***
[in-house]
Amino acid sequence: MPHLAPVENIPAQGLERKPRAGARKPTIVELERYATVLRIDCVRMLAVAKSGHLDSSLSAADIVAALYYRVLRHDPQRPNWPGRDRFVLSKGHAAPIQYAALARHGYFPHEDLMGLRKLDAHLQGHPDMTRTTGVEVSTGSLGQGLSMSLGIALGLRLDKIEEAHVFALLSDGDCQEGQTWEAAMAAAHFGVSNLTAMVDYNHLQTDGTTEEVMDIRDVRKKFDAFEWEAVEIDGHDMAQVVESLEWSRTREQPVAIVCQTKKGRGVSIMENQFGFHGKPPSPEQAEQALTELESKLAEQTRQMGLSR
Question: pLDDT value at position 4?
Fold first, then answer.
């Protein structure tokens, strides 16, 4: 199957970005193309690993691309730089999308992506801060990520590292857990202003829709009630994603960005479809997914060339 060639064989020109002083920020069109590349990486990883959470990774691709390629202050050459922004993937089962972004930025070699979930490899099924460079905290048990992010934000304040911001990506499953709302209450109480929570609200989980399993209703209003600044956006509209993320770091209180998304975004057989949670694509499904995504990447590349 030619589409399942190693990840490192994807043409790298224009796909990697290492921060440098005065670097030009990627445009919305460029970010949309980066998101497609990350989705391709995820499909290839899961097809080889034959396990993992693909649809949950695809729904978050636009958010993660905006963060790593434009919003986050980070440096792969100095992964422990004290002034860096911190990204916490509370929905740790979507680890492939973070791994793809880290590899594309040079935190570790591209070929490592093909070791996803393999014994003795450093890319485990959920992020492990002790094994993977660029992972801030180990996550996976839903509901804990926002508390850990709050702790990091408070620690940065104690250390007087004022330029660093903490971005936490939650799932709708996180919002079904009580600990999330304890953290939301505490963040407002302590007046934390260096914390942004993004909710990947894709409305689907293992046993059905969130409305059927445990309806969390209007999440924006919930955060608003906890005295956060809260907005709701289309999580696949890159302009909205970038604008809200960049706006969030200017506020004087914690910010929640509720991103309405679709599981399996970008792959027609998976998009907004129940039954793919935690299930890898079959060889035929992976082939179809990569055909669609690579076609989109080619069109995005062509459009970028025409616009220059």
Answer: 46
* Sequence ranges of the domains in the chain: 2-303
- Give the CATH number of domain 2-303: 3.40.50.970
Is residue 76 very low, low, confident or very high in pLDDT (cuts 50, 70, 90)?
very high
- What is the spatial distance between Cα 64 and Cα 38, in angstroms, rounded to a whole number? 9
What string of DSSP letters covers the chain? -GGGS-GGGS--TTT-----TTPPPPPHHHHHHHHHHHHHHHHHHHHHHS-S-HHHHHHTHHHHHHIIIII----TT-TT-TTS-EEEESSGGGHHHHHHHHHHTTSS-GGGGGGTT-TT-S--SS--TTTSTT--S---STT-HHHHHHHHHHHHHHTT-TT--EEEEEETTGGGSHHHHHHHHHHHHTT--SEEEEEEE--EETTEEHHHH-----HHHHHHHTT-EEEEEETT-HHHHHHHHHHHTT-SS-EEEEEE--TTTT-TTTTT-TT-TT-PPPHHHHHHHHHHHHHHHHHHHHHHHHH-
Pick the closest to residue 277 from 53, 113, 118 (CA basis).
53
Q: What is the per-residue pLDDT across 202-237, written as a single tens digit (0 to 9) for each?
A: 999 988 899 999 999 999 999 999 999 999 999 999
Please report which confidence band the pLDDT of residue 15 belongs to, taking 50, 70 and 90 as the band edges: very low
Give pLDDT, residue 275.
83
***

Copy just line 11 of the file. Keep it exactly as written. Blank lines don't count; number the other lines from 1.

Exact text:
- What is the spatial distance between Cα 64 and Cα 38, in angstroms, rounded to a whole number? 9